Mayor Bill de Blasio was elated by the news Thursday that Attorney General Letitia James had dropped out of the 2022 gubernatorial race — seeing her exit as a chance to jump into a less crowded Democratic primary field with only one other progressive, according to sources.
“They’re on cloud nine!” said a source close to de Blasio about the lame-duck mayor and his political advisers.
While de Blasio hasn’t made his run for governor official, he created a candidate committee and is expected to make the announcement in January.
“I’m going to be going around the state of New York, starting next month, talking to the people of this state,” de Blasio said on MSNBC Thursday when “Meet the Press” host Chuck Todd asked if he was going to rethink his gubernatorial race after James bowed out.
“I want to stay in public service. I want to address the issues I’ve been focused on, fighting income equality, getting more kids access to better education. I have a lot of energy to do that and I’ll have a lot more to say in the coming next few weeks,” de Blasio said.
Shortly after James broke her unexpected news, de Blasio attended a ribbon-cutting at Brooklyn Bridge Park.
“He did seem like he was on cloud nine. He was very warm and friendly,” said a source who attended the event.
For months, de Blasio had envisioned a clearer lane for himself in the crowded field if James dropped out, sources told The Post. Both de Blasio and James are longtime Brooklyn politicians with strong black voting bases and a more practical-progressive stance.
Public Advocate Jumaane Williams is further left than de Blasio and the other candidates — current Gov. Kathy Hochul and Long Island Rep. Tom Suozzi are more moderate.
“It’s undeniably an advantage for Bill de Blasio to have one, not two rivals running from the left in this race,” said Stu Loeser, a political strategist who served as former Mayor Michael Bloomberg’s press secretary.
Bruce Gyory, a Democratic strategist with Manett Phelps and Phillips, predicted a bruising showdown between de Blasio and Williams.
“He’s probably on cloud nine with Tish James dropping out of the race, but in reality he’s facing two storm clouds.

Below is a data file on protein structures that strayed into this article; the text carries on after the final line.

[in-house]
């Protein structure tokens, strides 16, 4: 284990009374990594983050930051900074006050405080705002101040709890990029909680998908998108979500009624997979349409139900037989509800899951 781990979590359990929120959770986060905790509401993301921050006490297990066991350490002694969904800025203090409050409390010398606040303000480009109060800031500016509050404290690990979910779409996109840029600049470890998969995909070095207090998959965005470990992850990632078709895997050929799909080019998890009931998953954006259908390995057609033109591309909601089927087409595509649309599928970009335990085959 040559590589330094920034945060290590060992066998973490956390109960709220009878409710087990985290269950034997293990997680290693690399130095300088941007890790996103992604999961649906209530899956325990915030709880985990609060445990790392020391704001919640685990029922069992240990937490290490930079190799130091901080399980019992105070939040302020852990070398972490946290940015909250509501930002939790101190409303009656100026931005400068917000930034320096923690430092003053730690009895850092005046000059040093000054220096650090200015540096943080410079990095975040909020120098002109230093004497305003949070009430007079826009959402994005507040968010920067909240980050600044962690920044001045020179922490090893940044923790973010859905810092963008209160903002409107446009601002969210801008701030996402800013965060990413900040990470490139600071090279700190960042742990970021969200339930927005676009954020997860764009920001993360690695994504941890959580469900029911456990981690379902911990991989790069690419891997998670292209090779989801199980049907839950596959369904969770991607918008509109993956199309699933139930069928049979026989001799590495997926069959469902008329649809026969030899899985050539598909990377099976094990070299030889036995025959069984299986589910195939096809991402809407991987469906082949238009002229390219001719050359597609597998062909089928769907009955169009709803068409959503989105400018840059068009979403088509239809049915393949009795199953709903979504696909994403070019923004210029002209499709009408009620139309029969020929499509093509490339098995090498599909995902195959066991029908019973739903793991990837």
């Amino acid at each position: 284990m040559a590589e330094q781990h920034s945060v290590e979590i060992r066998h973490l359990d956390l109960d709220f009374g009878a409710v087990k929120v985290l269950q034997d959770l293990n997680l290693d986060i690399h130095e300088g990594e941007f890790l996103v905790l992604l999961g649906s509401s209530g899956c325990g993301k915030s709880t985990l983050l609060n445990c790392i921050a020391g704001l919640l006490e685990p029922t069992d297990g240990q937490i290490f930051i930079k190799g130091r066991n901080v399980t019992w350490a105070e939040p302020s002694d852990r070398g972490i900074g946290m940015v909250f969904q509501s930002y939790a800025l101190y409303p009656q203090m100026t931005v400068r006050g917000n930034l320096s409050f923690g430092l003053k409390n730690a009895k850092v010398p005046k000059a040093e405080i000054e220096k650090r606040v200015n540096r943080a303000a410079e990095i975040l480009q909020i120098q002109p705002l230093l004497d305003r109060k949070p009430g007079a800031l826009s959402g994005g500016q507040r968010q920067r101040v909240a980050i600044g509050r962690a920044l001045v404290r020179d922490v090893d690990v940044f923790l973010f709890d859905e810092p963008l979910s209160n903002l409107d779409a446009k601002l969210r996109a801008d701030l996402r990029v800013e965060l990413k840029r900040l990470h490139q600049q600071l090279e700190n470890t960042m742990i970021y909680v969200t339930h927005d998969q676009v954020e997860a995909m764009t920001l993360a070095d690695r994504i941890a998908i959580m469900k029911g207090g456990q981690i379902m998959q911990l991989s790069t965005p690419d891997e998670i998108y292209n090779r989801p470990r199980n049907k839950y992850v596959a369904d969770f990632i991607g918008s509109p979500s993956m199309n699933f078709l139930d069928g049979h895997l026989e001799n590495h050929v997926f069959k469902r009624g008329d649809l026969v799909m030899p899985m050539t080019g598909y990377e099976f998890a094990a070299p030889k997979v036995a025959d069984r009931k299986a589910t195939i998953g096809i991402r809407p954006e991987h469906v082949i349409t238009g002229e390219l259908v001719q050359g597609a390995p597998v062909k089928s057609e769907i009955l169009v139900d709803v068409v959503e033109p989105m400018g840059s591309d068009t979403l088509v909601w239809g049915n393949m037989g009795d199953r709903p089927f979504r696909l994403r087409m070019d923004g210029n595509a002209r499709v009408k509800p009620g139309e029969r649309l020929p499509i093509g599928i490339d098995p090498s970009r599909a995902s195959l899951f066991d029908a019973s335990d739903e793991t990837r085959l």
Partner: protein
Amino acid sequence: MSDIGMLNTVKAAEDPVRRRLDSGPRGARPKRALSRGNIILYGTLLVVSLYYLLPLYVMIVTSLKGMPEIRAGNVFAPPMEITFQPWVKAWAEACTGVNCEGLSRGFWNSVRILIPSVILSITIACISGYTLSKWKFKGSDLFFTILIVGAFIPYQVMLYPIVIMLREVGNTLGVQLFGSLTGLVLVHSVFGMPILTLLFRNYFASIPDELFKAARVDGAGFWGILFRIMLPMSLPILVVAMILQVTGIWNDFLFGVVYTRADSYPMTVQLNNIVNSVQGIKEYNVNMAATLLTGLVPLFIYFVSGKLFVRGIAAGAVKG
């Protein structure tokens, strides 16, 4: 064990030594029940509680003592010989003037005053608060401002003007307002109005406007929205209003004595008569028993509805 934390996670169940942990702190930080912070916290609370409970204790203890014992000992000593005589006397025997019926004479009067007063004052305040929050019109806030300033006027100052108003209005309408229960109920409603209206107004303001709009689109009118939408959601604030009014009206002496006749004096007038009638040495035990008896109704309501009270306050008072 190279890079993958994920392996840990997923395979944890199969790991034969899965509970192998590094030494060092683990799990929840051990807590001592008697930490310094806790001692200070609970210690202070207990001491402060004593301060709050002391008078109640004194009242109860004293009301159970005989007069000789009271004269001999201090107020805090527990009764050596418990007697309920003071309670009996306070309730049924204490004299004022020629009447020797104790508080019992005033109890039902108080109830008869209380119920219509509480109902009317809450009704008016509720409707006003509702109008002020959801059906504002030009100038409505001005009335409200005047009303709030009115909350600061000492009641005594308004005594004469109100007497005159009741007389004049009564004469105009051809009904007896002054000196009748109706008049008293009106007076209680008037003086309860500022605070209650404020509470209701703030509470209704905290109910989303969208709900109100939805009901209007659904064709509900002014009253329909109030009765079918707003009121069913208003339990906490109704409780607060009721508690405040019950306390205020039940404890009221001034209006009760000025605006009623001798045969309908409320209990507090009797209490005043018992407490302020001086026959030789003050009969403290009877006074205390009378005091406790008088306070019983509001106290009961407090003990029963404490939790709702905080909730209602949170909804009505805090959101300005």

“I think what he’s missing is he’s going to have a very bitter war for who is the true progressive candidate with Jumaane Williams. And Jumaane has a lot of things to shoot at him with, for example how the George Floyd protests were handled, the state of affordable housing for the poorest of New Yorkers, etcetera,” Gyory said.
“That’s one theater of battle — the other is this cloud of ethics [problems] and to voters outside of New York who don’t know him, that’s not a great way to introduce him to the race,” said Gyory.
On Wednesday, following a successful lawsuit by the New York Times, de Blasio officials were forced to release a 2018 letter from the Conflicts of Interest Board that found the mayor violated the City Charter by pushing developers with pending municipal projects for donations to his political group.
De Blasio, who was a no-show at a Brooklyn Democratic Party holiday event Thursday night, received tepid applause when the party chair, Assemblywoman Rodnyese Bichotte Hermelyn, thanked him for his contributions as mayor.
Election lawyer Howard Graubard summed up the sentiment of many in the crowd when he spoke about de Blasio’s gubernatorial chances with James dropping out of the race.
“God parting the Red Sea wouldn’t open a lane for de Blasio,” Graubard said.
“The last mayor of New York City to go into higher office was DeWitt Clinton. And that’s without getting personal,” Graubard said. Clinton led the Big Apple in the early 1800s and then become the sixth governor of the Empire State after a short stint as the lieutenant governor and a failed presidential bid.
And while Williams made a brief, early appearance at the party confab, Hochul was the real belle of the ball.
“It is a true honor to announce my absolute full endorsement of her for the highest seat in the state — Gov. Kathy Hochul,” Bichotte Hermelyn told the crowd to raucous applause as she held the front-runner’s hand aloft like a boxing champ.
The assemblywoman, who’d previously backed James, endorsed Hochul shortly after the attorney general said she planned to run for re-election to her current position.
With James out of the race, de Blasio and Williams will compete for her supporters.
A recent poll had Hochul at 36 percent, James at 18 percent, Williams at 10 percent and de Blasio and Suozzi tied with 6 percent.
A spokesman for de Blasio did not return messages seeking comment.